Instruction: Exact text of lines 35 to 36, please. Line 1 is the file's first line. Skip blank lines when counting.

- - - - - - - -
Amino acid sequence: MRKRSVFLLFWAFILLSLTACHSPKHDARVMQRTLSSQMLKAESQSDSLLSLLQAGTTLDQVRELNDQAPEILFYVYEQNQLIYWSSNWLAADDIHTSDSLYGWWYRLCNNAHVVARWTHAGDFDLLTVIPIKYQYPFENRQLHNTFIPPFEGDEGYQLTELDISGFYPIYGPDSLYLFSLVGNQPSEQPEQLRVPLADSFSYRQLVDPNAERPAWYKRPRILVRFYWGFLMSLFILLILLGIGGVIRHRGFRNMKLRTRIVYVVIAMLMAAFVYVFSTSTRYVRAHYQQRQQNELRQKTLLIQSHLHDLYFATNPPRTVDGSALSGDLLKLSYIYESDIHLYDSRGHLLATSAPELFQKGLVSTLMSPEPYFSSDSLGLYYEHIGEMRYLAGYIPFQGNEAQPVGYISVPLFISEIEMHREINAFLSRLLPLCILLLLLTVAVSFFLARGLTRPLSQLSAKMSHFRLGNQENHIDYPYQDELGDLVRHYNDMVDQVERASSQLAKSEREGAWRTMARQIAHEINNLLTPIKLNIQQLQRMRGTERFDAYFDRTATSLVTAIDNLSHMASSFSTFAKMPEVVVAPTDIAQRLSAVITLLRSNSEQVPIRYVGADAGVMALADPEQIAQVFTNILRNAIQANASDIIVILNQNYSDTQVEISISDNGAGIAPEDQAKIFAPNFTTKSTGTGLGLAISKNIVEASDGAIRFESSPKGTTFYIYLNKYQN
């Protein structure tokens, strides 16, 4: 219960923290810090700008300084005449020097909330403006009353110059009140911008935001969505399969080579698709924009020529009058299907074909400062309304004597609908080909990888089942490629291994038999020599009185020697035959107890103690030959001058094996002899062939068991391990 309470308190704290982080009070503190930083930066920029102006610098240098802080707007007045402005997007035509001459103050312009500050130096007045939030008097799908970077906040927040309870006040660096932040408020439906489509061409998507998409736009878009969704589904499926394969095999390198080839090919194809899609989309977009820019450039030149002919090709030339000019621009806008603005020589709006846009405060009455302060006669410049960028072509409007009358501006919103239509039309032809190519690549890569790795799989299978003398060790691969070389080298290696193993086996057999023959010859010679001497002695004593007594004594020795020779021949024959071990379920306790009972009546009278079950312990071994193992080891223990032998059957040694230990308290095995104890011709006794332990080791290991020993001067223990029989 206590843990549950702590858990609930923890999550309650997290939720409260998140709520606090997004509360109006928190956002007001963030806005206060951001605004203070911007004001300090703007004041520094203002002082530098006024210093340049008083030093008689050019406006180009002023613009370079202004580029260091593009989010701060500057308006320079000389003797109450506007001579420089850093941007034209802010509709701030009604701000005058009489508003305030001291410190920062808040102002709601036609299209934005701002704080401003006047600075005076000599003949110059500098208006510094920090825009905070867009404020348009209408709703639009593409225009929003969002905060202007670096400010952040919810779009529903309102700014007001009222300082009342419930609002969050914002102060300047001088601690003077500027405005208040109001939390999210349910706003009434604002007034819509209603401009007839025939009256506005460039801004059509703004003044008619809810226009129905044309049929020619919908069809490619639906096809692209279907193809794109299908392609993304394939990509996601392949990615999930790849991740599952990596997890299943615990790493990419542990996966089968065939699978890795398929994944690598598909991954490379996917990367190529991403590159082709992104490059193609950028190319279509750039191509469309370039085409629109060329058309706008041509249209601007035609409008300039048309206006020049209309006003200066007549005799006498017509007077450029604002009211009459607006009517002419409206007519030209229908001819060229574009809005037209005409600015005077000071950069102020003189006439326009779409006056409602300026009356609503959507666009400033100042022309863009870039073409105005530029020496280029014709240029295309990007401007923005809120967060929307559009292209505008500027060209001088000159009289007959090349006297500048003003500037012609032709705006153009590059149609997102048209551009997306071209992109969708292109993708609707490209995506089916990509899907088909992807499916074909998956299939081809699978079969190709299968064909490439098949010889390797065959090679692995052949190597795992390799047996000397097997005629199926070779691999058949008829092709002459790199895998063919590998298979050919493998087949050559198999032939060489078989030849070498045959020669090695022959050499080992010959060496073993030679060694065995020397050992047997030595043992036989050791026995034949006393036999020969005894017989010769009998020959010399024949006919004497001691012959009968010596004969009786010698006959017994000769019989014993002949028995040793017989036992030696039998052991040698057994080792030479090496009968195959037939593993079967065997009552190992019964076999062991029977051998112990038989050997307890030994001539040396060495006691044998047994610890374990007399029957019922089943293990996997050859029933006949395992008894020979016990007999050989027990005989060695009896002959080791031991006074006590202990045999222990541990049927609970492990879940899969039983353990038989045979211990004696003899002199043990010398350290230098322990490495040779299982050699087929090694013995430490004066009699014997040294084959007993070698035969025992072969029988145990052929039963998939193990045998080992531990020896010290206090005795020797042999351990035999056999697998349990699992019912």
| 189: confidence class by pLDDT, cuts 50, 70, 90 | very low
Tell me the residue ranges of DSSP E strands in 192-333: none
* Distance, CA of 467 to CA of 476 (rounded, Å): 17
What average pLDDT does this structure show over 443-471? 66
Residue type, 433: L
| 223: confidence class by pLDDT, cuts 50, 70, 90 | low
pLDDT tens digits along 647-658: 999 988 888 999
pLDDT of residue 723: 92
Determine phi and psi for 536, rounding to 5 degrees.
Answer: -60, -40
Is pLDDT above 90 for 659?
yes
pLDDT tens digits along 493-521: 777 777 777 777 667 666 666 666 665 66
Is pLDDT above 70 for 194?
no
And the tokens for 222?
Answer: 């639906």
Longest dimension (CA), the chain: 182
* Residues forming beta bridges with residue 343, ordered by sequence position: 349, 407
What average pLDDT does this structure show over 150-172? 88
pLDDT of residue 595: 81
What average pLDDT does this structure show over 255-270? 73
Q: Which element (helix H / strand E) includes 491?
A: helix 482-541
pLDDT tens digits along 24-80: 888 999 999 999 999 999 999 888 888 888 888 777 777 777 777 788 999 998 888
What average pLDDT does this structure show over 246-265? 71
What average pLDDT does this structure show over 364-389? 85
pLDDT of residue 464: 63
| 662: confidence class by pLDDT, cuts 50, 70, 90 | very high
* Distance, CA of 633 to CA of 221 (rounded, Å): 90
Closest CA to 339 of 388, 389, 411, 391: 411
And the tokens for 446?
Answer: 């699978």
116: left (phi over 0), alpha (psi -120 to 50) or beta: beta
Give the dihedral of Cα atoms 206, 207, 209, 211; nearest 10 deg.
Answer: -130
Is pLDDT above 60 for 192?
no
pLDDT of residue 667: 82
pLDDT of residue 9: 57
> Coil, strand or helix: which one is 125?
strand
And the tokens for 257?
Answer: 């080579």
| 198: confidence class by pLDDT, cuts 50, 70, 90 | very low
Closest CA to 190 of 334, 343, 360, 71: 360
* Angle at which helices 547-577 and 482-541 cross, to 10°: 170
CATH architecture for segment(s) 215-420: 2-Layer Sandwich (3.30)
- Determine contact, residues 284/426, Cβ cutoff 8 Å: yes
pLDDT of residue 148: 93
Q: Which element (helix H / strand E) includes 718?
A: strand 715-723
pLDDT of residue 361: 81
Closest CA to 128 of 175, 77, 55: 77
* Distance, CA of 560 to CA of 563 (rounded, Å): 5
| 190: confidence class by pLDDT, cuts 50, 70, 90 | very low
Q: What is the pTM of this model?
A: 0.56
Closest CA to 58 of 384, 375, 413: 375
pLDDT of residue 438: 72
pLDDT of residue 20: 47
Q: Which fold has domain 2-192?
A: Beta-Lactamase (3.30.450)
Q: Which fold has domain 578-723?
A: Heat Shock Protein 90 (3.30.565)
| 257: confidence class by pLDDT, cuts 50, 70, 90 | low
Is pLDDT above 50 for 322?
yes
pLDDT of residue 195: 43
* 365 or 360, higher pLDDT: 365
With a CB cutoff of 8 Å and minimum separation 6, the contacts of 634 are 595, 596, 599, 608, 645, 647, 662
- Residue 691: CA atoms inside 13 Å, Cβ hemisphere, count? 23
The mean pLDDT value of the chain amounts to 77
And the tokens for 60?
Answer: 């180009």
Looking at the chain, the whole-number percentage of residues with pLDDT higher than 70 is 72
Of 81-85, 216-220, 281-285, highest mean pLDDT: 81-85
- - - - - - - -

Answer: 């699978």
116: left (phi over 0), alpha (psi -120 to 50) or beta: beta